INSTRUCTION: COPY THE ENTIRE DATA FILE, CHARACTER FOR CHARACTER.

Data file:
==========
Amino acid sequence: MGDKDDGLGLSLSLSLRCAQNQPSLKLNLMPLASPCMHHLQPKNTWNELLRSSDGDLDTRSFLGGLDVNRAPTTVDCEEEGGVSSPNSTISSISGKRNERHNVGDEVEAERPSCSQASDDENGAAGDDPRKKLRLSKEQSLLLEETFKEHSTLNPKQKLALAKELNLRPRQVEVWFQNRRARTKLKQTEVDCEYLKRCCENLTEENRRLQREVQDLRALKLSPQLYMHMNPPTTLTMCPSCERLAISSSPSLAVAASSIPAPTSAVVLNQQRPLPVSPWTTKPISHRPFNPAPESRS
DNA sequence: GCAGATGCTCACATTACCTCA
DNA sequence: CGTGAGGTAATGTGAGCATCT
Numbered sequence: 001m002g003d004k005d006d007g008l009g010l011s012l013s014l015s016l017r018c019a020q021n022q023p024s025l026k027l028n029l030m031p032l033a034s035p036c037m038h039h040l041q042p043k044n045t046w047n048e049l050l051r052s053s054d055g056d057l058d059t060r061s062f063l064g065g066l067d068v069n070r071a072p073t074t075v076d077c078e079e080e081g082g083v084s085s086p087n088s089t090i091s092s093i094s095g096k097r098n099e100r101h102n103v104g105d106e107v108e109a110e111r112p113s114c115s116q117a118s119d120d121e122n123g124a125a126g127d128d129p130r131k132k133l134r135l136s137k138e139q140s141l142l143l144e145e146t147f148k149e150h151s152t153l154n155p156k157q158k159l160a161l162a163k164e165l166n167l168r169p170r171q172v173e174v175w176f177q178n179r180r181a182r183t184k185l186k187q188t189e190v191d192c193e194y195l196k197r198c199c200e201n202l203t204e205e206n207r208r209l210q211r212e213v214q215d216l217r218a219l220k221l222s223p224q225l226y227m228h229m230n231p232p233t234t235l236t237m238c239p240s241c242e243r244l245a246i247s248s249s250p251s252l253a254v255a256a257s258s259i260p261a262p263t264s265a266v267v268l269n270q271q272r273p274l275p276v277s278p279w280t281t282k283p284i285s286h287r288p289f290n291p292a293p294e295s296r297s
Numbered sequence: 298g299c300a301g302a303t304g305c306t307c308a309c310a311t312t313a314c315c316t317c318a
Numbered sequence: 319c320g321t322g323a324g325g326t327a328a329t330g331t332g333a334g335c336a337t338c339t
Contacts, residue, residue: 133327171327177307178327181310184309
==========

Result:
Amino acid sequence: MGDKDDGLGLSLSLSLRCAQNQPSLKLNLMPLASPCMHHLQPKNTWNELLRSSDGDLDTRSFLGGLDVNRAPTTVDCEEEGGVSSPNSTISSISGKRNERHNVGDEVEAERPSCSQASDDENGAAGDDPRKKLRLSKEQSLLLEETFKEHSTLNPKQKLALAKELNLRPRQVEVWFQNRRARTKLKQTEVDCEYLKRCCENLTEENRRLQREVQDLRALKLSPQLYMHMNPPTTLTMCPSCERLAISSSPSLAVAASSIPAPTSAVVLNQQRPLPVSPWTTKPISHRPFNPAPESRS
DNA sequence: GCAGATGCTCACATTACCTCA
DNA sequence: CGTGAGGTAATGTGAGCATCT
Numbered sequence: 001m002g003d004k005d006d007g008l009g010l011s012l013s014l015s016l017r018c019a020q021n022q023p024s025l026k027l028n029l030m031p032l033a034s035p036c037m038h039h040l041q042p043k044n045t046w047n048e049l050l051r052s053s054d055g056d057l058d059t060r061s062f063l064g065g066l067d068v069n070r071a072p073t074t075v076d077c078e079e080e081g082g083v084s085s086p087n088s089t090i091s092s093i094s095g096k097r098n099e100r101h102n103v104g105d106e107v108e109a110e111r112p113s114c115s116q117a118s119d120d121e122n123g124a125a126g127d128d129p130r131k132k133l134r135l136s137k138e139q140s141l142l143l144e145e146t147f148k149e150h151s152t153l154n155p156k157q158k159l160a161l162a163k164e165l166n167l168r169p170r171q172v173e174v175w176f177q178n179r180r181a182r183t184k185l186k187q188t189e190v191d192c193e194y195l196k197r198c199c200e201n202l203t204e205e206n207r208r209l210q211r212e213v214q215d216l217r218a219l220k221l222s223p224q225l226y227m228h229m230n231p232p233t234t235l236t237m238c239p240s241c242e243r244l245a246i247s248s249s250p251s252l253a254v255a256a257s258s259i260p261a262p263t264s265a266v267v268l269n270q271q272r273p274l275p276v277s278p279w280t281t282k283p284i285s286h287r288p289f290n291p292a293p294e295s296r297s
Numbered sequence: 298g299c300a301g302a303t304g305c306t307c308a309c310a311t312t313a314c315c316t317c318a
Numbered sequence: 319c320g321t322g323a324g325g326t327a328a329t330g331t332g333a334g335c336a337t338c339t
Contacts, residue, residue: 133327171327177307178327181310184309